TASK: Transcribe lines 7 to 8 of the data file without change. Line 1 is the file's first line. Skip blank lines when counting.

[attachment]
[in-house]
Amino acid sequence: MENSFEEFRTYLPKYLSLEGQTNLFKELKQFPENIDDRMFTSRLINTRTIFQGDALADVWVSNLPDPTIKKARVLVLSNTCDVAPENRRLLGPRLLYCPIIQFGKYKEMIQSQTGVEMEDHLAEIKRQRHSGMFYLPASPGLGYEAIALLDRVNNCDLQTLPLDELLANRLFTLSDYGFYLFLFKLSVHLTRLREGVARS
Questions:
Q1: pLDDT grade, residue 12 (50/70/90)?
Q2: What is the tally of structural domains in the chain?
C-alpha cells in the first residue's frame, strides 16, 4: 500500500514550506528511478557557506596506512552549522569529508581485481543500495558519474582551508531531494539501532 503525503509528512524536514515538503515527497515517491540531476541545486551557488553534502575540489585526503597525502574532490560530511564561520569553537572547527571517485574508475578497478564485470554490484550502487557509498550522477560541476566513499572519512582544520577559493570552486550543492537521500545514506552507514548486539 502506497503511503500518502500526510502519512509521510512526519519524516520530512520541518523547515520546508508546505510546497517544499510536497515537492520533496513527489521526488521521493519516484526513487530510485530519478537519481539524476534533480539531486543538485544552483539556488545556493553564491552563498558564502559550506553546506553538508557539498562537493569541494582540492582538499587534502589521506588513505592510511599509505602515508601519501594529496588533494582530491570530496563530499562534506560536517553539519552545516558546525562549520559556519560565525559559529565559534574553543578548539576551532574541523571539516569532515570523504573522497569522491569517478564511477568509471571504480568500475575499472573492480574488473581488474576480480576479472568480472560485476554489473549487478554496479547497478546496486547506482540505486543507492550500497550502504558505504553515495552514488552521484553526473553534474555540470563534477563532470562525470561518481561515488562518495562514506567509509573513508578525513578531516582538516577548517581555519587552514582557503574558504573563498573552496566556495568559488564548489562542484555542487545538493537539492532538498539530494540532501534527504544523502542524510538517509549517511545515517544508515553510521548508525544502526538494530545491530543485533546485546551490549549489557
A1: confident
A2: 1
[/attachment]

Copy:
A1: confident
A2: 1